Awesome Things to Experience in Inampulugan Island near Guimaras @TourismPHL
Inampulugan is an island separate from Guimaras, but which also lies in the municipality of Sibunag.
To make it to and from an island that seemed to expel me at the onset is an odyssey of my own. It was my first solo travel. I had it in my head to spend a few days of my birthday month off the grid. I imagined drowning years-old concerns into the calming crash of the waves and the deafening silence of solitude. In Inampulugan island, I did.
When I booked a trip to the island of Guimaras, I was after a more familiar experience—seeing the Alubijod cove, taking a photo with a sea turtle or pawikan, and tasting its sweet mangoes. Instead, I swerved into a path traveled less by tourists and more by purposeful men looking for a retreat. Yet, it was welcome seclusion.
Inampulugan is an island separate from Guimaras, but which also lies in the municipality of Sibunag. To get there from Iloilo city, one has to ride the Ortiz port to go to Jordan port, then take a van to Sebaste port, and finally ride a boat to the island. Make sure to schedule your trip in the morning as the boats going to the island will not travel late in the afternoon or in the evening because of strong waves. (Here’s the map to know where it is)
Never heard. Unknown. Dark and desolate. Play a few a word associations and it’s easy to relegate fear into the unknown. Why else would one seek for the unfamiliar when there is comfort in places already vouched for? Yet, I stand true to what I learned from the island, each of us needs to face the unknown at least once in our lives. In my case, the island afforded that.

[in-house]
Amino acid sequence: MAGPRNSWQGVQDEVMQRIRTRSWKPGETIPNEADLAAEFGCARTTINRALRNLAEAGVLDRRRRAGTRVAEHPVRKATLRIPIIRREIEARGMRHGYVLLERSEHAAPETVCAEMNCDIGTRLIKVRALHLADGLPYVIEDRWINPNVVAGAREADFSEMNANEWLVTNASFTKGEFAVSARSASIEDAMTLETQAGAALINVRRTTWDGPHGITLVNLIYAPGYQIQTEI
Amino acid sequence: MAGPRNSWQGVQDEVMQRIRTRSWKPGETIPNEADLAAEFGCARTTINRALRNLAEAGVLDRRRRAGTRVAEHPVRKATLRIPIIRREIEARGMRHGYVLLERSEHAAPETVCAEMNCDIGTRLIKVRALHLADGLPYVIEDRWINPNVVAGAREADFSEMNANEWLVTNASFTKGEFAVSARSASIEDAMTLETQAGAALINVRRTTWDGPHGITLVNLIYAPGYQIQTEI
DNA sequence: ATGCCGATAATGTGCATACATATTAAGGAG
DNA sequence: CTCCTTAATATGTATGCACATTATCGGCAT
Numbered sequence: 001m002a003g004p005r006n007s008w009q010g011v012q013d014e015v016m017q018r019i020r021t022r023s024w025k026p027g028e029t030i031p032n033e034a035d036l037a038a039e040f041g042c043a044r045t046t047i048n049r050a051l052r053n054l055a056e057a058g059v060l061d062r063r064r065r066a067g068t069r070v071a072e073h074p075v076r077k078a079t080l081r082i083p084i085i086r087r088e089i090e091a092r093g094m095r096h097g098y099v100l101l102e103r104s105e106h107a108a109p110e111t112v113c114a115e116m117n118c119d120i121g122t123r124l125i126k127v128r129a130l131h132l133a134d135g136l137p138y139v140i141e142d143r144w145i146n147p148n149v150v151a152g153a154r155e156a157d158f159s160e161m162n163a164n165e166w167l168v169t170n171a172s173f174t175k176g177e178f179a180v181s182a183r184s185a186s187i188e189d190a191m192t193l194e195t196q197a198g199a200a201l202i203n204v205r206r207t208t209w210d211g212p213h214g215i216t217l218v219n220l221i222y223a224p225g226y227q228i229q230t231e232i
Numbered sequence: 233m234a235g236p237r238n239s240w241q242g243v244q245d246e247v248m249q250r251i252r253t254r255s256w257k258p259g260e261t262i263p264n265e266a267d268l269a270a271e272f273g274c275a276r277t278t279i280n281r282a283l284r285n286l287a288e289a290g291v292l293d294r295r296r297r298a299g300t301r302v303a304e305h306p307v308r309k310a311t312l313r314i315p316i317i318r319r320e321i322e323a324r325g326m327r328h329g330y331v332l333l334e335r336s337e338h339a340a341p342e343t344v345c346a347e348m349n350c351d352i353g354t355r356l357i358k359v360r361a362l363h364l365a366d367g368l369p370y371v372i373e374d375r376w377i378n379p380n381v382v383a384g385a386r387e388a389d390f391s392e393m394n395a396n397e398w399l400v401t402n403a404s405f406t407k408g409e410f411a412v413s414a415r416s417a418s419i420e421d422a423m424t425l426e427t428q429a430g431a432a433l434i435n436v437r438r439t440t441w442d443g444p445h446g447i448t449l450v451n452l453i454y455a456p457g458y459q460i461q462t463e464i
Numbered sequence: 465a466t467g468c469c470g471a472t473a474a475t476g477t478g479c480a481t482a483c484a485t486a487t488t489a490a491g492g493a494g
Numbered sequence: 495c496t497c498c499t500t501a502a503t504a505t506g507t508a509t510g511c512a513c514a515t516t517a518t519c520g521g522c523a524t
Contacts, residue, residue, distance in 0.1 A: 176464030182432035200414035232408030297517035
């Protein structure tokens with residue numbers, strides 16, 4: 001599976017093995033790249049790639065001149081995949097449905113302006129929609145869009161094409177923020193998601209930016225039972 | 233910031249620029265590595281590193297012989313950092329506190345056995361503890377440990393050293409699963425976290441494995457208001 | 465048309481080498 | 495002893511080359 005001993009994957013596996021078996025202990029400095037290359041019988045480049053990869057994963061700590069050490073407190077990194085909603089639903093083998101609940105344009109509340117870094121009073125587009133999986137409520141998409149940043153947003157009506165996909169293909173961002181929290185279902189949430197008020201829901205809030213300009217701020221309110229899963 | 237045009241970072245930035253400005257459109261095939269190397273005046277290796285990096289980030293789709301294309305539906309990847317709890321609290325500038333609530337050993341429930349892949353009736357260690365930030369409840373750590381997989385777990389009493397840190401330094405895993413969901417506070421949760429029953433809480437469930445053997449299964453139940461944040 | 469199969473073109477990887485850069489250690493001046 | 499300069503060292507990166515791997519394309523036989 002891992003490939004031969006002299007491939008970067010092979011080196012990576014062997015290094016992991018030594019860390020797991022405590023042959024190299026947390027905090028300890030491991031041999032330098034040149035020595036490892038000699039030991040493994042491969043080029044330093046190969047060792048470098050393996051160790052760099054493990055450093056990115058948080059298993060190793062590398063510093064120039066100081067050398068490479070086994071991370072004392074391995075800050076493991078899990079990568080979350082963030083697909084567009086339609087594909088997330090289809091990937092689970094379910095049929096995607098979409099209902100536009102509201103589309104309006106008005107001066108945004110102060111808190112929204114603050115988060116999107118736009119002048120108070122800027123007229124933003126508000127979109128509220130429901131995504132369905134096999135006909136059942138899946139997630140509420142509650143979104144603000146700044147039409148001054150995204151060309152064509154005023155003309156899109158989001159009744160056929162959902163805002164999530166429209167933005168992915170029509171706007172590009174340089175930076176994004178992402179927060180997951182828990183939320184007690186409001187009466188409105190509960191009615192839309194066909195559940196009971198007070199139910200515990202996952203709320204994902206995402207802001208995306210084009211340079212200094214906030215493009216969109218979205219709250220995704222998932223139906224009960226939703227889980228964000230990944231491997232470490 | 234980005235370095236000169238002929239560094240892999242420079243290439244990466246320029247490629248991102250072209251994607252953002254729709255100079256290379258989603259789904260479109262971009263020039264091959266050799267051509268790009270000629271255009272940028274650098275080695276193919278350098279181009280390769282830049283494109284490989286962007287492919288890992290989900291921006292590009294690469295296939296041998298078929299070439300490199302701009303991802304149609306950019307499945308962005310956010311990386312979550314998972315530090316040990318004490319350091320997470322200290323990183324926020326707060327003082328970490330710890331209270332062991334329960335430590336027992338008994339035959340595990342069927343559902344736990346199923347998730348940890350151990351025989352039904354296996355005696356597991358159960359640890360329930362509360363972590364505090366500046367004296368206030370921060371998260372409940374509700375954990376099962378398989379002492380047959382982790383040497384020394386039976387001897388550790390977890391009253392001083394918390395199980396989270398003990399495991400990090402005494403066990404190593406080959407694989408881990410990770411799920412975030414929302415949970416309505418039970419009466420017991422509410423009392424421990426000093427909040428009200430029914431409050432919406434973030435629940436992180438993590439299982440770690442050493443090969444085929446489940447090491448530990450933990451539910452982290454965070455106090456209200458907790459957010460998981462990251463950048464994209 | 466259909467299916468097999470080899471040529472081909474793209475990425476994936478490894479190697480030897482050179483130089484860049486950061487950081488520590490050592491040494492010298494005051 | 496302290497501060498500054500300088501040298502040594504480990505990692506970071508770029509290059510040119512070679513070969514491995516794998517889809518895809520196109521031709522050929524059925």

You see, none of the crowded fanfare would have measured the same as the numerous experiences and learnings I gathered from Inampulugan. Now, when I think of the island, I mull first on the various beatings I took before and after I reached it: being left by the plane, resorting to stay the night in a hostel, repeatedly jumping from three modes of transportation (sea, air, and land) in a day, and pinching on my last peso to make sure I eat well.
You always know it’s going to be worth it when you haven’t gone two steps out and you already want to go back. I’m glad I pushed through with the trip. I always can’t help but let out a grin when my train of thought flies off into the meat of my stay, the various moments when I realized the uncertainty Cheryl Strayed so eloquently described in the novel “Wild” as she said, “Uncertain as I was as I pushed forward, I felt right in my pushing, as if the effort itself meant something.”
Now, I look back at these moments and feel a sense of accomplishment, one that’s beside any degree or work role could have made me felt.
I am emboldened by the gentle voices of the people who concernedly pointed me towards terminals and ports. I am warmed by the enthusiastic dance of the island staff under the noontime heat, knowing that I was the sole customer they were all waiting for. I can also still see the faces of children playing in that small white delivery truck as they wave goodbye to me beyond mounds of copra standing beside nipa huts in town. I still marvel at how the resort relies on the products and services of the island’s small, self-sustaining village, which brings soaps, basket weaves, copra, and labor for the hotel patrons to enjoy.